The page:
A young pink filly sat in her dilapidated farm room. The walls were made of old wood, paintless and gray with age. She could see a silo out of her window, colored the same as the house and missing planks from its walls. The sun had moved below the horizon hours ago, and a candle burned beside her. Her hair was messy and curled, and she held a pencil in her mouth, hovering over a scrap of paper.
She sighed around the pencil. She had been up in her room since dinner, trying to come up with the words she needed to say. Endless crumpled balls lay around the room, covered in equally endless scratched out sentences. The filly stared at the paper; how could she break this? Was it even possible to do it? Second thoughts and second guesses blew around her mad tornado of wanderlust and homesickness.
And a single thought cut through the storm. She gulped and put pencil to paper.
I’m sorry. I can’t stay here anymore. It will break me; it will unmake my life and turn me into a stone just like the ones we move. Ever since mom and dad died, it’s been work work work with you two and nothing else. I can’t deal with that; I’m not made for this. I can’t just keep going like nothing ever happened, like mom and dad are just on a little trip. Forcing yourself to work to keep it from coming to mind is just going to put you in a hole next to them.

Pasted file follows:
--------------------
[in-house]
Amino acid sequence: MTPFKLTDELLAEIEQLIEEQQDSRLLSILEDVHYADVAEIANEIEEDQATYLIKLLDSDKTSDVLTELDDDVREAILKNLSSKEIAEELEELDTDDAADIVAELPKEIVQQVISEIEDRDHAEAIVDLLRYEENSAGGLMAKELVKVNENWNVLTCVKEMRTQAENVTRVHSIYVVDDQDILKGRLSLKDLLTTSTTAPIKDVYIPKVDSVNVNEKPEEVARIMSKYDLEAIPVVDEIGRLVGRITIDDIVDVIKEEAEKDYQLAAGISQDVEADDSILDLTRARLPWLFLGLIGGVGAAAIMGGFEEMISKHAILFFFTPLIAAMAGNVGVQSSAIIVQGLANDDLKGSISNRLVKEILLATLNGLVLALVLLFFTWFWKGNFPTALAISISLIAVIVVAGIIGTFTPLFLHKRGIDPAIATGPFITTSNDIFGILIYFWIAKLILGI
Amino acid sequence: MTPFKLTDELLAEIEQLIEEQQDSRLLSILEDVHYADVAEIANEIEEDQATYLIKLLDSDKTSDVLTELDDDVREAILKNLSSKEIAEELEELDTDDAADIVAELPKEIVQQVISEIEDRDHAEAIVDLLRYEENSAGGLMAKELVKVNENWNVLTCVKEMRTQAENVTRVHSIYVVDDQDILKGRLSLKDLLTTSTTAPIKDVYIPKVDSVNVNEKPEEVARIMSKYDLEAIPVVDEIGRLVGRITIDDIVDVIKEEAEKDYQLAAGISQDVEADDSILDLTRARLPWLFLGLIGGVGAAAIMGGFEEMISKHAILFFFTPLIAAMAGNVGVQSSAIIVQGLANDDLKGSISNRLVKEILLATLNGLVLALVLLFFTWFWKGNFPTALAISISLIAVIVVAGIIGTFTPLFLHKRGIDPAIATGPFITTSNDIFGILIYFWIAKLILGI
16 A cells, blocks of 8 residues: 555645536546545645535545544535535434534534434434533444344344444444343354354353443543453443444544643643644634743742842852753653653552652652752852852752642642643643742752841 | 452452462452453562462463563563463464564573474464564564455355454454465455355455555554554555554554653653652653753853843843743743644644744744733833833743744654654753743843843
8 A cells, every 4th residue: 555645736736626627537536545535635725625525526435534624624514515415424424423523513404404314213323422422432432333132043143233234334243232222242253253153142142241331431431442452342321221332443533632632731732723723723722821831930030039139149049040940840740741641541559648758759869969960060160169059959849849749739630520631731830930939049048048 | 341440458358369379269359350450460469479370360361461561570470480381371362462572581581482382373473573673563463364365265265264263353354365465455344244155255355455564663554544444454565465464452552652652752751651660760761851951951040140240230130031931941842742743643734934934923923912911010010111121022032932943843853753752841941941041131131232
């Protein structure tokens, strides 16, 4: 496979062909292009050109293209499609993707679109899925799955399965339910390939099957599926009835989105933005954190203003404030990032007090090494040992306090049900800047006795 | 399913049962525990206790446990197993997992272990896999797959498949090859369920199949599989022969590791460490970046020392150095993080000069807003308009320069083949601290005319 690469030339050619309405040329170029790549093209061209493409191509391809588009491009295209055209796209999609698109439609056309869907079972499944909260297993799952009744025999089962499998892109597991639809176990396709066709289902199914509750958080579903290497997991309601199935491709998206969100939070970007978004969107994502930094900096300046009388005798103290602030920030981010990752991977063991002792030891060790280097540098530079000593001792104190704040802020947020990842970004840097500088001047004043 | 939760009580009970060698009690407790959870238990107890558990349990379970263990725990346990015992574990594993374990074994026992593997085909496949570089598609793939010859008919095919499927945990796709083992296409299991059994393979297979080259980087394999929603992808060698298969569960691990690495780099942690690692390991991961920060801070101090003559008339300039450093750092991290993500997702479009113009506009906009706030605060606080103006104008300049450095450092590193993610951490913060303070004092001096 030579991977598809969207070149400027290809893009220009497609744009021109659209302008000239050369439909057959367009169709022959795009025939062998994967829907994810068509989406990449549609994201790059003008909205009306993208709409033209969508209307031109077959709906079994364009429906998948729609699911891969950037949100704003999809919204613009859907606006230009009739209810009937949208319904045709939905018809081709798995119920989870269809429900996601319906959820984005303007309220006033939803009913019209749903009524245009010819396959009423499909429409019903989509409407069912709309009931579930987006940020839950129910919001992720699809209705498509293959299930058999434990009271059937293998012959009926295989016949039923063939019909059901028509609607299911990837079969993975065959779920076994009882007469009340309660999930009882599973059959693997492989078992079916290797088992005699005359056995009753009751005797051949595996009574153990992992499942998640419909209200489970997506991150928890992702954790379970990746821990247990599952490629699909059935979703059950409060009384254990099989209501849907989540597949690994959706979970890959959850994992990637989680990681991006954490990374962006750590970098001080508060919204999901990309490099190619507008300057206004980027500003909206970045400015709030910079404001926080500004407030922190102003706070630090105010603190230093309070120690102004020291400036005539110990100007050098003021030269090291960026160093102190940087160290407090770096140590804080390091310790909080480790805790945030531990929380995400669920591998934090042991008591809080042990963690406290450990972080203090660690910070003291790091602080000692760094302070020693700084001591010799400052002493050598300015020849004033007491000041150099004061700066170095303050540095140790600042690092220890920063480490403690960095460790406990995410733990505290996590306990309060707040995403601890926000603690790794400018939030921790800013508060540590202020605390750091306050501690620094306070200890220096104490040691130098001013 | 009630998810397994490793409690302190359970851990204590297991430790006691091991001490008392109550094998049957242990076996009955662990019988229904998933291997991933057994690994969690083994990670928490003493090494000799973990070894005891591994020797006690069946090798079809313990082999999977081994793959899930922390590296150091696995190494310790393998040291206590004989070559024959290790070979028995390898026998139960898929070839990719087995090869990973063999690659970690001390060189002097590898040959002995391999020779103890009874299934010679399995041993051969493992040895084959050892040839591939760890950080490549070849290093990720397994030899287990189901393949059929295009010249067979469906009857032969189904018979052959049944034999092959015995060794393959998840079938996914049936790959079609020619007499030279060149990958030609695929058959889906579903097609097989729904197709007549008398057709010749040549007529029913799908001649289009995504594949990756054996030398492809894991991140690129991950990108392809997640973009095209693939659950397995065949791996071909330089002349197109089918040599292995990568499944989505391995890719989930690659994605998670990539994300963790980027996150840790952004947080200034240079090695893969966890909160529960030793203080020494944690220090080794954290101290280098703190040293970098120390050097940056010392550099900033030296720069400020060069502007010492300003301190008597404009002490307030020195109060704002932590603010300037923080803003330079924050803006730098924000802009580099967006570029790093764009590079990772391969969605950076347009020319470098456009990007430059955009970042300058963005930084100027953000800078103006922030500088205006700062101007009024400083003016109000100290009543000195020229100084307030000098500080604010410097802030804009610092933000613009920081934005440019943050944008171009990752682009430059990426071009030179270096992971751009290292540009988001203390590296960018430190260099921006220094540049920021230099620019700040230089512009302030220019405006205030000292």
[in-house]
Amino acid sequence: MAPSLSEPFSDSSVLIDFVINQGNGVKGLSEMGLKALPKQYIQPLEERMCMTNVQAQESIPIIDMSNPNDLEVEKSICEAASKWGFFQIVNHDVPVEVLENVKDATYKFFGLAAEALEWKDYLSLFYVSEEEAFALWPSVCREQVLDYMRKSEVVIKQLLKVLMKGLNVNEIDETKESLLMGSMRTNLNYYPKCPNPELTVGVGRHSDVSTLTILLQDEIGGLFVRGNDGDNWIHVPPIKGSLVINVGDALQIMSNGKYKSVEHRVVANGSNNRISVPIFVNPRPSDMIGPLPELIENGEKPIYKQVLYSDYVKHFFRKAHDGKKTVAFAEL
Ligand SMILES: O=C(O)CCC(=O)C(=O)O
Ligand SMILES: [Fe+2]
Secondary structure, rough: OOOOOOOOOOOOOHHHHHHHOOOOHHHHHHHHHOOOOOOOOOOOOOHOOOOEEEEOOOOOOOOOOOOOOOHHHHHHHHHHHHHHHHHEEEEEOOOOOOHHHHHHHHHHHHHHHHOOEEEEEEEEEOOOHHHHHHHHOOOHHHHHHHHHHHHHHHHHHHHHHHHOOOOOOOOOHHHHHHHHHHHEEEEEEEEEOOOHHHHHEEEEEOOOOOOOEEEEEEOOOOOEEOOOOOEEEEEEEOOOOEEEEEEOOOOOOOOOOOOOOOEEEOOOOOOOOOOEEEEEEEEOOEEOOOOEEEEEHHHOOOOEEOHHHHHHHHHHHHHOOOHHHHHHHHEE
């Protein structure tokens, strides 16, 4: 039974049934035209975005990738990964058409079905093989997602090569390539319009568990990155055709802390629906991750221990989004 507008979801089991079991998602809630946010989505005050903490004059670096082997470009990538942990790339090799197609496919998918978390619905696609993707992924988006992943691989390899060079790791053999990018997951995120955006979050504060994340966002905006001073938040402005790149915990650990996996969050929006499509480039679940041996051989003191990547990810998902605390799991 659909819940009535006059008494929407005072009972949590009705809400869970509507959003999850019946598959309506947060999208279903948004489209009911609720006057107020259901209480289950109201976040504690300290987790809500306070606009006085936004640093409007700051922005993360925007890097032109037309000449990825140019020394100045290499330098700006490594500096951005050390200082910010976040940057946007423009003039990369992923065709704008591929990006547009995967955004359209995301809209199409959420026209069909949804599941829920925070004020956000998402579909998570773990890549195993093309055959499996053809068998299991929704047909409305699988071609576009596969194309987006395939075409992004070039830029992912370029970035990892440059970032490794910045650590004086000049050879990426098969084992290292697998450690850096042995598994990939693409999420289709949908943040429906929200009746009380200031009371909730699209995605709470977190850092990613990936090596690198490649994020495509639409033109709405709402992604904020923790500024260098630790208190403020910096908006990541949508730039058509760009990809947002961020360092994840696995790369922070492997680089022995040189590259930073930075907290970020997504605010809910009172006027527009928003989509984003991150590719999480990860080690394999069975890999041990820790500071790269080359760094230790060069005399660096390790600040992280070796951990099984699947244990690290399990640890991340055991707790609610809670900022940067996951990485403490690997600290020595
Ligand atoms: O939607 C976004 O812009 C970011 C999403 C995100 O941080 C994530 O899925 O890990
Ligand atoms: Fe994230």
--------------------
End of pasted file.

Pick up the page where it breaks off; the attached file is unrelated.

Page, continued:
I hope that this will shock you out of your single-mindedness. I don’t know if it’ll work, but I’m not going to stay around to find out. I already know that by the time you read this, I’ll be long gone. I’m sure it’ll be easier with just the two of you on the farm; I never all that good at farming.
Don’t come looking for me.
—Pinkamena Diane Pie”
Pinkie dropped the pencil. She hefted a pair of very full burlap saddlebags onto her back and carefully crept out of her room. The only light in the hall was the faint glow from the candle and moon outside. She snuck downstairs slowly, avoiding most of the creaky boards.
She paused as she went to open the front door. She looked back up towards the stairs, thinking maybe she shouldn’t leave, maybe if she just talked to them…
The door opened and she stepped into the moonlight.
Commentary from Donny’s Boy
Oh, poor younger Pinkie. What a tough decision she had to face, borne of a tough reality. My favorite part was the moment of second-guessing, when she glances back up the stairs. That was a nice, heart-breaking moment.